21st July | The Fleece
Photo: Darren Paul Thompson
The dark and atmospheric mood of The Fleece along with its unyielding sound system seems to lend itself suitably to any form of event. This evening we were treated to a trio of local poets preceding the main act. Josh Luke Smith started us off with a tale of unrequited love and domestic abuse full of interestingly structured phrases and refrains “roses are blood red, violets are beaten black and blue”. A very thoughtful and articulate performance which touched on issues like refugees deaths and sexual predators could have possibly benefited from a reeling in of the intensity in its delivery as it felt a little overstated given the subject matter.
Malaika Kegode followed with a distinctly different style which allowed the words themselves to do the hard work. Her technique felt like a casual recollection of events and the seemingly incidental pauses made her witty and poignant tales all the more enticing. Solomon OB, a former national poetry slam champion, was the final performer. Full of energy and passion he captivated the crowd very quickly. He had a much more literal first person approach reflecting on his life and identity which resonated very strongly across the venue. Personally, the lack of poetic decoration to his pieces failed to grab me but his genuine passion and ability to communicate was overtly evident.
The quiet attentive vibe very quickly altered once Saul Williams took to the stage. Flanked with newspaper cutting looking images overlaid in Andy Warhol colouring with phrases and lyrics strewn across them “rebellious gene”, “avatardust” they flickered in random sequence. Joined by the grinding stretched out industrial backing music; the dystopian feel of 2016 album MartyrLoserKing could be felt from every angle. Beginning with its opening track ‘Groundwork’ Saul darted about the unevenly lit stage as the bass gradually increased to wall trembled levels.
The busy piano loop of ‘Horn of the Clock Bike’ came next and his fast pecking diction delivered the more slam poetry toned lyrics of this confrontational, dense and somewhat bleak feeling poem/song as a time lapse city night sky zipped past in the background. This led into the eerie chimes of ‘Down for some ignorance’ which leaped into a manic series of samples arranged in a brain dance fashion as we were torn from one mood to the next the crowd hopped about in abandonment.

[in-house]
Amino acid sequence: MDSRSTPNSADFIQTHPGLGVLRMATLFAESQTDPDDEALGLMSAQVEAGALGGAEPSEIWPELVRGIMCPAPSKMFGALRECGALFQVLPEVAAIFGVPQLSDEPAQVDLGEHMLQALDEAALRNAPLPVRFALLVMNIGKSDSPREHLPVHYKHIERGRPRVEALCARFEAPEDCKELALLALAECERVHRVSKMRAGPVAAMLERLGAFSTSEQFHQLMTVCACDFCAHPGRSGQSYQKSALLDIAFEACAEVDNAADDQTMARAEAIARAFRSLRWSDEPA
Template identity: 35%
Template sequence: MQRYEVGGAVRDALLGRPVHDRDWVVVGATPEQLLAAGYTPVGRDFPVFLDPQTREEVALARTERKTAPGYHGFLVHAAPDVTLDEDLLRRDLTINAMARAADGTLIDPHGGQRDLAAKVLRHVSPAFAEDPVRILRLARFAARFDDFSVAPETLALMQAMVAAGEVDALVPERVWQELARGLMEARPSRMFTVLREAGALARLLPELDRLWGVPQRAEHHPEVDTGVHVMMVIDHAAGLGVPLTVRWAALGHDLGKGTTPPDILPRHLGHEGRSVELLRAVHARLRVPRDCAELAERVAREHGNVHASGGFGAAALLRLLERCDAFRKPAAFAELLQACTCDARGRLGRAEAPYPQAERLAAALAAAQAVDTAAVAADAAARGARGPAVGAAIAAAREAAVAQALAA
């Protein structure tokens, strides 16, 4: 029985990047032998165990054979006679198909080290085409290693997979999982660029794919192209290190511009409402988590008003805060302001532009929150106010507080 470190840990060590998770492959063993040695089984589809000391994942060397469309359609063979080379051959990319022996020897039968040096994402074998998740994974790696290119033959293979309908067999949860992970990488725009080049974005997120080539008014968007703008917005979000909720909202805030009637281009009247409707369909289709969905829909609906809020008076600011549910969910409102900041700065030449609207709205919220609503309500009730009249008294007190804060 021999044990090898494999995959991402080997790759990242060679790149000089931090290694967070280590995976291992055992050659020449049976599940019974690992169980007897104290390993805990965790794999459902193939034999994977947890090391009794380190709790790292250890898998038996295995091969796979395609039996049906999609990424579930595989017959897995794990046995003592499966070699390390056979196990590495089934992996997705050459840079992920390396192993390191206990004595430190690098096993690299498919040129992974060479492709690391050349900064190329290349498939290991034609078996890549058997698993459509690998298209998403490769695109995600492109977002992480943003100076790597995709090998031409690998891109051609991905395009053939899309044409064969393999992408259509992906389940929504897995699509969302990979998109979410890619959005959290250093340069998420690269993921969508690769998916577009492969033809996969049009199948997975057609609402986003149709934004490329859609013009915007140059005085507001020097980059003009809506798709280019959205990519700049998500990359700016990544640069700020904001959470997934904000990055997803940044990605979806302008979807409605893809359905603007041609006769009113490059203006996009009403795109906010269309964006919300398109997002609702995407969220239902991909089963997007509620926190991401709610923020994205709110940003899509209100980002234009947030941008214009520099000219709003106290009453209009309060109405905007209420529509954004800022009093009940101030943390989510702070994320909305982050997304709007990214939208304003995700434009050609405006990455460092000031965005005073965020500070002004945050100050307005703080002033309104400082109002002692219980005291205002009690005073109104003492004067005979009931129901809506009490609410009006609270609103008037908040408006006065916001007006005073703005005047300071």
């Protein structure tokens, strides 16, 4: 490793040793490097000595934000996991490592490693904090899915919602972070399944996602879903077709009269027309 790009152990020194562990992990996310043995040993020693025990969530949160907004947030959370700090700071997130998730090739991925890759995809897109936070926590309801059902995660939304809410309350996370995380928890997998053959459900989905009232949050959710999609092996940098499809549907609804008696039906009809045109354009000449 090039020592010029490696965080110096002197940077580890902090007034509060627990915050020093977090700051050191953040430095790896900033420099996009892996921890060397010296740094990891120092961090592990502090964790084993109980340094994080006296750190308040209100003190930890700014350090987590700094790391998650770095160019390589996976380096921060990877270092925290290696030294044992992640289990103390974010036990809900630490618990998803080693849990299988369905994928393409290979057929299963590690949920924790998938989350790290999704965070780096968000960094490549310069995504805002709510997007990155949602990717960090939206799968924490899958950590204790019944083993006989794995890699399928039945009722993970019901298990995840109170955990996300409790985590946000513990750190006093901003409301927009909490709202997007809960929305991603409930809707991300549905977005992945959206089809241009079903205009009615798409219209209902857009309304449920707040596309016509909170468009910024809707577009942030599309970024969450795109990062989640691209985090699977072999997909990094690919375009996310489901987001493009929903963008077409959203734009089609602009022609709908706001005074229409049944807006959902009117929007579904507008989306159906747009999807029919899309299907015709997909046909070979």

The obligatory “Hello Bristol” followed but he got straight back to business. What was impressive was the level of complexity in the backing music which touched on a multitude of genres and instruments all played with skull cracking intensity and overlaid with the strikingly profound and fascinating lyrics. In a time when music feels like it’s being constantly simplified and forced away from experimentation it was refreshing to see a confidence in the listeners ability to absorb and process the rich contents of the music.
Other high lights included a mutilated version of ‘Glory Box’ (Portishead) which includes a sample itself as he delivered what almost felt like a sermon over the top. As Last year’s track ‘Burundi’ began with it’s African folk chants he climbed down into the crowd and followed it with ‘Control Freak’; an aggressive song with a snare slapping violently from the outset. It feels like a war march where the vocals take the tone of a rousing call to arms before closing in a succession of throaty screams which reek of angry frustration. In contrast, and finally back on the stage, DNA had a more monotone slow narrative form which gradually became mesmeric.
The set closed with long time favourite ‘List of Demands’ where his daughter Saturn took to the stage to sing the verses for him. The set seemed to be over in no time despite it’s length and was a testament to their ability to maintain such an exciting and non-stop momentum.
Saul Williams history in theatre really shows itself in his poise and delivery. In all honesty it would very difficult to pick any holes in the evenings performance and in terms of creativity I have seen very few people come close to the level of imagination and multi-faceted influence that went into the music while maintaining such coherency.
Check out the video for ‘List Of Demands’ below.